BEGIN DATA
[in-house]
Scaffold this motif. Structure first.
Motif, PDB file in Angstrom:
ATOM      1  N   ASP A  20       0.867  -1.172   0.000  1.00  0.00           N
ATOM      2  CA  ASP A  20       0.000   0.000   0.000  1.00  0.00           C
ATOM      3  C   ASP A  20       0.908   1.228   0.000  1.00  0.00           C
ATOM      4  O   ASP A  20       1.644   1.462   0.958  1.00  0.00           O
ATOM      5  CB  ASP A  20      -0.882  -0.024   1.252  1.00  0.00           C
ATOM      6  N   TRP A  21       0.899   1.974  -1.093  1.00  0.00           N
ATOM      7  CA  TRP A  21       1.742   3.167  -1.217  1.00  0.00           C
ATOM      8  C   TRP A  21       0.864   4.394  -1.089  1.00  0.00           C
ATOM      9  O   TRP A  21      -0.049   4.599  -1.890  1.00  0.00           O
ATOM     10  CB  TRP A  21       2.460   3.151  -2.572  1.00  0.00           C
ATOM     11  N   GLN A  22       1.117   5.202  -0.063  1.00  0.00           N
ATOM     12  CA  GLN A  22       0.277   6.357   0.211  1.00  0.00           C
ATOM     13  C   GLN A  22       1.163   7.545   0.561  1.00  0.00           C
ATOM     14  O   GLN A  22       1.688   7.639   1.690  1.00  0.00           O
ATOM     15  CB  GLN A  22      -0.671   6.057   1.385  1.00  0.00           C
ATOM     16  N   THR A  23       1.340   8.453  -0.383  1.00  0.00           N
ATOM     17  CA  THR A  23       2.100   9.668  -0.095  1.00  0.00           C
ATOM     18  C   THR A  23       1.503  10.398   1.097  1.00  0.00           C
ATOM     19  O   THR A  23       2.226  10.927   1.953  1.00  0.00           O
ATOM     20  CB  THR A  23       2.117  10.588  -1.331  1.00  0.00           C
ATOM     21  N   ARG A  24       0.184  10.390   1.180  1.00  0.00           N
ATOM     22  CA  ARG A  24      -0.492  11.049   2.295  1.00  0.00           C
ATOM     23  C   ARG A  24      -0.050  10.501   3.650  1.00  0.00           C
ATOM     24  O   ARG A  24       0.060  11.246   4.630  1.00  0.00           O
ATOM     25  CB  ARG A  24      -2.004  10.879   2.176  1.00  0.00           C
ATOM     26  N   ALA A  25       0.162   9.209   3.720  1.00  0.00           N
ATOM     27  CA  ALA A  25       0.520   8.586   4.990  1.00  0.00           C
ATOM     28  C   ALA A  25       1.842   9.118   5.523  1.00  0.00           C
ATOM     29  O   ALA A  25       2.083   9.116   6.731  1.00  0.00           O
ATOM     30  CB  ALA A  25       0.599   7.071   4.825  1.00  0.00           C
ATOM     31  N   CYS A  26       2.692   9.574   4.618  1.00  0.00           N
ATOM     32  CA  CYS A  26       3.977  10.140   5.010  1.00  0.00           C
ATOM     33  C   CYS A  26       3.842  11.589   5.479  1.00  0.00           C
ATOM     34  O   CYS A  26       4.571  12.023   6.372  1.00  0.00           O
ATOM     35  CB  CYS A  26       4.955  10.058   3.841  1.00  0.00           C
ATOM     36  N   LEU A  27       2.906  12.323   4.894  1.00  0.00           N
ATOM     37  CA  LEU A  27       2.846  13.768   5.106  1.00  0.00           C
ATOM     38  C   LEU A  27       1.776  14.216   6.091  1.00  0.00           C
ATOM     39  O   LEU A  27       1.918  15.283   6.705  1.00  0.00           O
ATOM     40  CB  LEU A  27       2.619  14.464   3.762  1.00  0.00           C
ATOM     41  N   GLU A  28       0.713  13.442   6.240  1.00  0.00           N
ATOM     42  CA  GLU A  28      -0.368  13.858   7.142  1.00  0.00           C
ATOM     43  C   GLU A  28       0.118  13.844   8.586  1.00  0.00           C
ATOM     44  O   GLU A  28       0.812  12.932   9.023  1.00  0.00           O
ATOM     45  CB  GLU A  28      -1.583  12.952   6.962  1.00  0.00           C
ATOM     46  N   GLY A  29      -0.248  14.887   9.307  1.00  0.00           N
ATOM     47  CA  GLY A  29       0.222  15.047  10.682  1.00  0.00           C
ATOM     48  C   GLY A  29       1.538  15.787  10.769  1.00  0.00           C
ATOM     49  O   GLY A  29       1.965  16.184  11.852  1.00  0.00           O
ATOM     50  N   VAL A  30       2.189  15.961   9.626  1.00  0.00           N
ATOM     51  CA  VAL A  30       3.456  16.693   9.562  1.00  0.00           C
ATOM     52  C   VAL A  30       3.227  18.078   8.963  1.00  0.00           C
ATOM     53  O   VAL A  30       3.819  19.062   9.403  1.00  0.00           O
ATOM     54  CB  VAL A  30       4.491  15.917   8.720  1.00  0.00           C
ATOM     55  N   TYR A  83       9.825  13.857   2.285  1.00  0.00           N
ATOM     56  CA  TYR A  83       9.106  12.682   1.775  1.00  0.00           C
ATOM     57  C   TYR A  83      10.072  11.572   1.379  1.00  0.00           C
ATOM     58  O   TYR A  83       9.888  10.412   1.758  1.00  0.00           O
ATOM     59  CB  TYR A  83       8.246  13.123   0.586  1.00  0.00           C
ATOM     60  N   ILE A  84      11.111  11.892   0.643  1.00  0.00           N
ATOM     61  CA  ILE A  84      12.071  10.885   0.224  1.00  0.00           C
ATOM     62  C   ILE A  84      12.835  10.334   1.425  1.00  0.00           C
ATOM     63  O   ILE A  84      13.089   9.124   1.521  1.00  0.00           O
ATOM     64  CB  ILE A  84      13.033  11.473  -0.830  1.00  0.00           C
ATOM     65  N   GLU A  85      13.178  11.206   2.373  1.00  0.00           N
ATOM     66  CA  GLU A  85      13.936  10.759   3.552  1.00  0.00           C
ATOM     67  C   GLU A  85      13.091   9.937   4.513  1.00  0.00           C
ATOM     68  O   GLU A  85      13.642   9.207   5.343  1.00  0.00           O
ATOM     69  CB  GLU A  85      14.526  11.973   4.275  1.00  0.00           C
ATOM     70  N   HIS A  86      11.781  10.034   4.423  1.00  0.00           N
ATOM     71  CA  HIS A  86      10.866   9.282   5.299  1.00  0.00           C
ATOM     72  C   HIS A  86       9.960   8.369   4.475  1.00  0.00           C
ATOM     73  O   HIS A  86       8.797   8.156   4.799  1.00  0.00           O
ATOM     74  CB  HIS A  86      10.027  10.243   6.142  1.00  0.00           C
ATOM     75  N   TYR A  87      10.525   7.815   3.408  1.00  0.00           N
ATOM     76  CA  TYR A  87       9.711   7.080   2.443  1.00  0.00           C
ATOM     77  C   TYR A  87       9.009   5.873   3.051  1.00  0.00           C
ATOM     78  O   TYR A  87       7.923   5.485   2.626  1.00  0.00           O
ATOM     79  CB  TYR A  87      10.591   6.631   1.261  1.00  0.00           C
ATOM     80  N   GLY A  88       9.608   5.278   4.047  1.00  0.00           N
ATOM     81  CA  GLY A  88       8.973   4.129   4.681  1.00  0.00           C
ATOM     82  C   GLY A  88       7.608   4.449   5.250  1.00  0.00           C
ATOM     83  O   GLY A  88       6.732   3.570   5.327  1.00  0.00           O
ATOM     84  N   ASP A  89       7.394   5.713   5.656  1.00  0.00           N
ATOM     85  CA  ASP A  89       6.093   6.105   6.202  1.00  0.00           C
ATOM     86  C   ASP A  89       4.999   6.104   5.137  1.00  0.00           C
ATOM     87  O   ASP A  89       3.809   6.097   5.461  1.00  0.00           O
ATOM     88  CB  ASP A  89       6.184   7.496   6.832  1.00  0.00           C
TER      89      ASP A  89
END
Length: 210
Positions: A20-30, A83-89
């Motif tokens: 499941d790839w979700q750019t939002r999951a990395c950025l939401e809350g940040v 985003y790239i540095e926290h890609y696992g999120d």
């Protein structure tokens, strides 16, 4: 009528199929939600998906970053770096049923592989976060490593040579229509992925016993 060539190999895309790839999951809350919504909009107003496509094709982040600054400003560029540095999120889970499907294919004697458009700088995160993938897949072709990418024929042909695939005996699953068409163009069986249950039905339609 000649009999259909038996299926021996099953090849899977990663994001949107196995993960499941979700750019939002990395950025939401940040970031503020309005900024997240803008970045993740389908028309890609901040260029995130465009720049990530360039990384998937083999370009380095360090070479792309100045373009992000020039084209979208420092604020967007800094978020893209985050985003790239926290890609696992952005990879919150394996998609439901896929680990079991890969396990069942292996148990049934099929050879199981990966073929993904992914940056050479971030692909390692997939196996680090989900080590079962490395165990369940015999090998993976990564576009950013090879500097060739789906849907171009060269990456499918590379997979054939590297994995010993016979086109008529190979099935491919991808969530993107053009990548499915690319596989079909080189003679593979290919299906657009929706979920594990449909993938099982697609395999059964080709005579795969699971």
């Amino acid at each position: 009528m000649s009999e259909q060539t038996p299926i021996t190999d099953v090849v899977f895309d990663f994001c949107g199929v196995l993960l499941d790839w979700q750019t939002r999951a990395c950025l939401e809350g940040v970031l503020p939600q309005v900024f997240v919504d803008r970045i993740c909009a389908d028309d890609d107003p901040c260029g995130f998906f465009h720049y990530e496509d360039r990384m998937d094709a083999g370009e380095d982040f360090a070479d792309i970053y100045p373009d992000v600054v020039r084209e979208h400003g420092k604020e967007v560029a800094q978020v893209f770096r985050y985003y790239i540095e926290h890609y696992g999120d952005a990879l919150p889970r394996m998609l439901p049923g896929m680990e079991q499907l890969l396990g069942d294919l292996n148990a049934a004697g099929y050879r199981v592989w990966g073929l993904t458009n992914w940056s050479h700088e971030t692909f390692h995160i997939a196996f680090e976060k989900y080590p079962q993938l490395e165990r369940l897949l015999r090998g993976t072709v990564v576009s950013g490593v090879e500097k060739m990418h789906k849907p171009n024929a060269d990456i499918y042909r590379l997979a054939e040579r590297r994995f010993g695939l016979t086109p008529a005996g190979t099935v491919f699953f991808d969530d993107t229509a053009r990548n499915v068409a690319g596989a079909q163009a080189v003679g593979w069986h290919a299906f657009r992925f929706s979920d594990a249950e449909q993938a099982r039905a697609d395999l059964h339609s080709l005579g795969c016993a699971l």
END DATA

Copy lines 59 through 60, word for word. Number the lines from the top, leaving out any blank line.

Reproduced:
ATOM     56  CA  TYR A  83       9.106  12.682   1.775  1.00  0.00           C
ATOM     57  C   TYR A  83      10.072  11.572   1.379  1.00  0.00           C